Although I wasn't born yet, I don't ever recall Pong having a tutorial. The arcade classics that birthed this industry were often simple enough that many people figured how to play the game in a matter of seconds. Even the more "complex" features of Galaga were demystified by a few minutes of game play and chance shots. Game manuals and tutorials were simply not necessary for the majority of gamers in the classic days of the arcade. Generally, a few words from a friend that had spent about an hour with a game was all tutelage you ever needed.
As games saturated into the homes and started reaching a larger audience. Manuals started becoming a common trait of a video game purchase. And as the features of the games grew, so did the size of the manuals. The manual became such a huge part of PC gaming that many of them were well over 100 pages. These manual included most of what you would see in a modern day strategy guide and installation instructions. Instruction manuals for console games, though not as big, were common as well.
At the beginning of this decade, there was a major shift from larger manuals to interactive training built into the game. This reduced packaging size for games which saved self space for retailers. Bringing us to the current ten page or less manual, tucked behind the front cover, we now know and loathe. This, of course, started the strategy guides that GameStop reminds you how much you love every time you exhale in their store. Another popular result of this shift is the tutorial level.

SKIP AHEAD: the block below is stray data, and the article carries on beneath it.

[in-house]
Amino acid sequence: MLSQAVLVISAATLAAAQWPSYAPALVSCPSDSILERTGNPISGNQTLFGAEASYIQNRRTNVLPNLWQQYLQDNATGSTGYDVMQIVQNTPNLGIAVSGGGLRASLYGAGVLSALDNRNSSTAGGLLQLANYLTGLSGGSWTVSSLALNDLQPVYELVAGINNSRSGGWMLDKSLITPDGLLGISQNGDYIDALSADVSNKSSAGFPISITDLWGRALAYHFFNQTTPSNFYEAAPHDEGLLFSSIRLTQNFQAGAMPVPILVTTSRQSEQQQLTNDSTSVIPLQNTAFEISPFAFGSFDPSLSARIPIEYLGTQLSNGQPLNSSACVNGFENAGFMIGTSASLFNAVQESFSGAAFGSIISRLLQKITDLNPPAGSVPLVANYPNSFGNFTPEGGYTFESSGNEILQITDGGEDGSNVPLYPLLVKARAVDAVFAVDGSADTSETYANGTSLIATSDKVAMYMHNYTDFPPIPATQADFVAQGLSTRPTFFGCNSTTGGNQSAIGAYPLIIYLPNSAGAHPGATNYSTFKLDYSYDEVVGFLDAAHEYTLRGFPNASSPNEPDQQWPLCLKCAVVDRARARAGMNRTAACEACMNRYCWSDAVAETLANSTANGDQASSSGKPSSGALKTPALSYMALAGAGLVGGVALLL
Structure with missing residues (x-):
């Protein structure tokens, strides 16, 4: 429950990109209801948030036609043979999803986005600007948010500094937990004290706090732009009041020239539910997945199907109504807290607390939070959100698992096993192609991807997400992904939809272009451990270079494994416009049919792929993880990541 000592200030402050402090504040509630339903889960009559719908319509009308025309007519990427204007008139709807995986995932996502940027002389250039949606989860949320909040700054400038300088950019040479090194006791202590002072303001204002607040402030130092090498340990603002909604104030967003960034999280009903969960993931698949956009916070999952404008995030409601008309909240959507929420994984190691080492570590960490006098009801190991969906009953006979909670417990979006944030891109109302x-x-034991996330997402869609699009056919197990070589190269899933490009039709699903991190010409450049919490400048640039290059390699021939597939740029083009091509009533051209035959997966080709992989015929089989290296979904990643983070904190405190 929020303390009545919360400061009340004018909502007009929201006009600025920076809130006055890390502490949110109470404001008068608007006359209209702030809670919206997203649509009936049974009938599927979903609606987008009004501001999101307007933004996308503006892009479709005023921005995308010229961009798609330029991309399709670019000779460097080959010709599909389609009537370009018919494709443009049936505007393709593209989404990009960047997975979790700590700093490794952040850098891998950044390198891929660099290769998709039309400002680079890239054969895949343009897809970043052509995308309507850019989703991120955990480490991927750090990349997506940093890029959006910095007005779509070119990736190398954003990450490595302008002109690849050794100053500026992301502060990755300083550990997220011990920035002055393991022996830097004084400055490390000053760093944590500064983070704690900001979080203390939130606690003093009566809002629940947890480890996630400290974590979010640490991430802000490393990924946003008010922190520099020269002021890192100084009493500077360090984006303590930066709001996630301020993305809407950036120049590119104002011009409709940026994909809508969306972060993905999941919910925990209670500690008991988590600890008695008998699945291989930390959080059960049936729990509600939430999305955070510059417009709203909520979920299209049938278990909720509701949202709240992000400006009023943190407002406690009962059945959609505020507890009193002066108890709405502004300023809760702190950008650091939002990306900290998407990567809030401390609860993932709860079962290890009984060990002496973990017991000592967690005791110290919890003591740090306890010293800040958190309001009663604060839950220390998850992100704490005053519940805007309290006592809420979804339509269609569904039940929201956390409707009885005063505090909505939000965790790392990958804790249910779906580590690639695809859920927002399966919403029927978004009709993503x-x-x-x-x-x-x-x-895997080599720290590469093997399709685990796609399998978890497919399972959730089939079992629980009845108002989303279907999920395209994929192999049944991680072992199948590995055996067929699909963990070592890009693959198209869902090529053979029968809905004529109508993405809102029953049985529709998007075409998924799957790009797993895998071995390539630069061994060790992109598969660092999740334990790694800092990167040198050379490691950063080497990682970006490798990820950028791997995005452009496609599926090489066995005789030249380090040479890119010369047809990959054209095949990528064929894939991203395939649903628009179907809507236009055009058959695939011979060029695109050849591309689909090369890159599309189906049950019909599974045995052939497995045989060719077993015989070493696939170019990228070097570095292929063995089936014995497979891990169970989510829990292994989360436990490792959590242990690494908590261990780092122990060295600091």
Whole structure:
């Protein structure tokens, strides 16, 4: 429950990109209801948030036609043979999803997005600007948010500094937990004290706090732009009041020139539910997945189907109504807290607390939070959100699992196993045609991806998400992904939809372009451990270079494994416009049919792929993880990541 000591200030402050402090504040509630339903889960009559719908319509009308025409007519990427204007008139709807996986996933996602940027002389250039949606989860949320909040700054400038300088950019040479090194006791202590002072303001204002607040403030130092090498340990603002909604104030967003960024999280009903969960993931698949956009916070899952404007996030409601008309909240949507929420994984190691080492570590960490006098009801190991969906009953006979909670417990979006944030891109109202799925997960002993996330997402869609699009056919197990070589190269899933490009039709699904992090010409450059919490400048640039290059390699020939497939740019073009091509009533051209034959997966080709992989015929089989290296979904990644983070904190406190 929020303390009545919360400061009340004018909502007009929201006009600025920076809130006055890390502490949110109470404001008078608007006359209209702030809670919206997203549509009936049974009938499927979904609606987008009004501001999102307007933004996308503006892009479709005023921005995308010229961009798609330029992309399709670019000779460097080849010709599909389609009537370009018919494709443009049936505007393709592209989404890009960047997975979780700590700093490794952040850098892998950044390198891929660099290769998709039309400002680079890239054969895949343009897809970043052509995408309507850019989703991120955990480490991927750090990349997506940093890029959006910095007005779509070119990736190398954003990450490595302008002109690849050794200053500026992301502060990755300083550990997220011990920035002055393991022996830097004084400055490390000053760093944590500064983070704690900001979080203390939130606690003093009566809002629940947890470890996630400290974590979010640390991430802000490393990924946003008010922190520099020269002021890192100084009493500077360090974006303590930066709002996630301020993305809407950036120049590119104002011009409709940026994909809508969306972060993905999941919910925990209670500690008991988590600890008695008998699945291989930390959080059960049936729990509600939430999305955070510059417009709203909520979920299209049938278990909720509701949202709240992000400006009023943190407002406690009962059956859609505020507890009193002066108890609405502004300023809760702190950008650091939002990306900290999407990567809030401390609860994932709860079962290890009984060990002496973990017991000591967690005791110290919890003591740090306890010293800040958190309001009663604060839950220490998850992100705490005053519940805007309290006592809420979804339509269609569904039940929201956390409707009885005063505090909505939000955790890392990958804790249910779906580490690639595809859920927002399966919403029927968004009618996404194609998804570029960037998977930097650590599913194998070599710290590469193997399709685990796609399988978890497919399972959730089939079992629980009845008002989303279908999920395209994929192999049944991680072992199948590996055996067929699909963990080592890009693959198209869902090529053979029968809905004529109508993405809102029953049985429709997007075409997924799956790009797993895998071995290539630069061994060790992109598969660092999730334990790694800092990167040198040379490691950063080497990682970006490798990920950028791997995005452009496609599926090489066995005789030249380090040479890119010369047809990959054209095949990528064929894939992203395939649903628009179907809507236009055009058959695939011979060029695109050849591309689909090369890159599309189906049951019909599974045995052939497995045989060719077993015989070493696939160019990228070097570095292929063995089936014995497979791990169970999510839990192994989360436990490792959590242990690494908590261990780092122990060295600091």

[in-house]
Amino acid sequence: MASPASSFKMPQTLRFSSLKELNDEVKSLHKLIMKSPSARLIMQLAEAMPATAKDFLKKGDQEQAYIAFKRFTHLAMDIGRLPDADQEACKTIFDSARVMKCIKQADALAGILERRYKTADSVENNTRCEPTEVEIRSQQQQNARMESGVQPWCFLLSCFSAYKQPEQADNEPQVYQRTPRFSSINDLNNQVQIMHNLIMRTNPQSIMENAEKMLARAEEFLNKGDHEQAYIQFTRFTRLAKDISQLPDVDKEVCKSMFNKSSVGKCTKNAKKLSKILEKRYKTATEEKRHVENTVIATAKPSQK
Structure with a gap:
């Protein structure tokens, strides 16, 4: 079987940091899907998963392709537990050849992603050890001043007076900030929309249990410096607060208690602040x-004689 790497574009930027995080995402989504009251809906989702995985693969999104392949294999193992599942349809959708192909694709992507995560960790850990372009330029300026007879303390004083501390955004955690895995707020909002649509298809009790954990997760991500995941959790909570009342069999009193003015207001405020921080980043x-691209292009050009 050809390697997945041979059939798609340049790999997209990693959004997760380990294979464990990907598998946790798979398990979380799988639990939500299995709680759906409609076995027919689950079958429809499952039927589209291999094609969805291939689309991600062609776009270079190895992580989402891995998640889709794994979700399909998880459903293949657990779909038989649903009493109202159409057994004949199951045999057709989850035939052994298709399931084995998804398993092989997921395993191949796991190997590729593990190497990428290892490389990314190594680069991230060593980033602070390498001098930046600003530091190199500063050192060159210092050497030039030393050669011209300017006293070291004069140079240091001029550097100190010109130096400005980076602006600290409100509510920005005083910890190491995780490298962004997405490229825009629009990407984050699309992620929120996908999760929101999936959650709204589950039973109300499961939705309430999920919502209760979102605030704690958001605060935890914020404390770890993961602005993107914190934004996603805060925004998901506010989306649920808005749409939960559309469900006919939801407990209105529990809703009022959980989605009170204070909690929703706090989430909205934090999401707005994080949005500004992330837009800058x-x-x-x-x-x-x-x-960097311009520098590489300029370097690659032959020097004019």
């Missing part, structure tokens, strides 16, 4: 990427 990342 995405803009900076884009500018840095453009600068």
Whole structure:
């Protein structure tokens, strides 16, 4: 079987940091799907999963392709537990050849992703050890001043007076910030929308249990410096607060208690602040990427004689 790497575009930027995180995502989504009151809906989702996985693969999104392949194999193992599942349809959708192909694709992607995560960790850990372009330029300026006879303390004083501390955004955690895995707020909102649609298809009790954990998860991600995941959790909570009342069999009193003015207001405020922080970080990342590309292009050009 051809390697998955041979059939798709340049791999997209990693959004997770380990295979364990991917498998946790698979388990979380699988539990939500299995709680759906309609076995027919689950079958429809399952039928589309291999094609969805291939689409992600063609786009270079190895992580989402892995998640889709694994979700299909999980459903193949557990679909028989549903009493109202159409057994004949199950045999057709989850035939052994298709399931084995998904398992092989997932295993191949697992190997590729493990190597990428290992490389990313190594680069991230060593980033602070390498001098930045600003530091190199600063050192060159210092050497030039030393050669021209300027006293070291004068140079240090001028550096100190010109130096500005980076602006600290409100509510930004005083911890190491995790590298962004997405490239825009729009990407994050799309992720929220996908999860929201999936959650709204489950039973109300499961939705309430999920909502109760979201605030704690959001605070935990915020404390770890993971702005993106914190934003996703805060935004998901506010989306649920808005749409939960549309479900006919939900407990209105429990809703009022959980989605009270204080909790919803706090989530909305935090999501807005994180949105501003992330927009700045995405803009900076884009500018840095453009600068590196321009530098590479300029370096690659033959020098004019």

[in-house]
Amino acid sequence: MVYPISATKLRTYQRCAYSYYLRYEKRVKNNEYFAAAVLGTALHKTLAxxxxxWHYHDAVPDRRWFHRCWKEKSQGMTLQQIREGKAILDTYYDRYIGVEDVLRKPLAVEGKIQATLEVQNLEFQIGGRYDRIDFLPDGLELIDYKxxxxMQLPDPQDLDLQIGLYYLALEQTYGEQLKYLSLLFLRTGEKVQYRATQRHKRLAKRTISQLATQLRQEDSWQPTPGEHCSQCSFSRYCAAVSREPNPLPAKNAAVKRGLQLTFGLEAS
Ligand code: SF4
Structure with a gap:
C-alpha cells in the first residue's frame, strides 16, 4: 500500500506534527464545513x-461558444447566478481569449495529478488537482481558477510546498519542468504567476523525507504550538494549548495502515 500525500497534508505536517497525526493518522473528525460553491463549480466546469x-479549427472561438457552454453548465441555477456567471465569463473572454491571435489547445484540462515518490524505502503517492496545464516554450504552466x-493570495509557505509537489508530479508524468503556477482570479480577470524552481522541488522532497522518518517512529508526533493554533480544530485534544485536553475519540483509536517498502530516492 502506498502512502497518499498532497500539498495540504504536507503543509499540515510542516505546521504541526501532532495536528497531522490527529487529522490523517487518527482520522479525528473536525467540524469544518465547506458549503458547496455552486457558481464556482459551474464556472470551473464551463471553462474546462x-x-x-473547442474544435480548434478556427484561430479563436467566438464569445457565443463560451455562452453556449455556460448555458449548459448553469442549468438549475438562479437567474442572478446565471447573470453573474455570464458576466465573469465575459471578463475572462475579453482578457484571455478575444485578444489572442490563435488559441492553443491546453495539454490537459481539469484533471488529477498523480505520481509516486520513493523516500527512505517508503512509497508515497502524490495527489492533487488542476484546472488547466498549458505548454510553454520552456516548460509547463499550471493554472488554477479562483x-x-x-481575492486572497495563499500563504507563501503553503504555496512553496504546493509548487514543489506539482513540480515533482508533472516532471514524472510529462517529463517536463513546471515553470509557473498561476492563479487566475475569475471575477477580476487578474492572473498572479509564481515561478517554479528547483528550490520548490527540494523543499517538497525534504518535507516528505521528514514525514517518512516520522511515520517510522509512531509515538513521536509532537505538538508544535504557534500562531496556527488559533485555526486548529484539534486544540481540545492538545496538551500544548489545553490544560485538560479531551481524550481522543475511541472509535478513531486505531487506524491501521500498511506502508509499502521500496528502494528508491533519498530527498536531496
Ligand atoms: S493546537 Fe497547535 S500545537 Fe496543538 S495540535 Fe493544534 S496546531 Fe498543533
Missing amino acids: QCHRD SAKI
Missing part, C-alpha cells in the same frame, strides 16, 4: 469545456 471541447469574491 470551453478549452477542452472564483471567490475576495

How should gamers be guided? Are printed manuals or strategy guides the way to go? Or would you prefer some type of downloadable electronic reference? Is the interactive in-game method the best way to learn a new game? What do you see for the future of gamer guidance?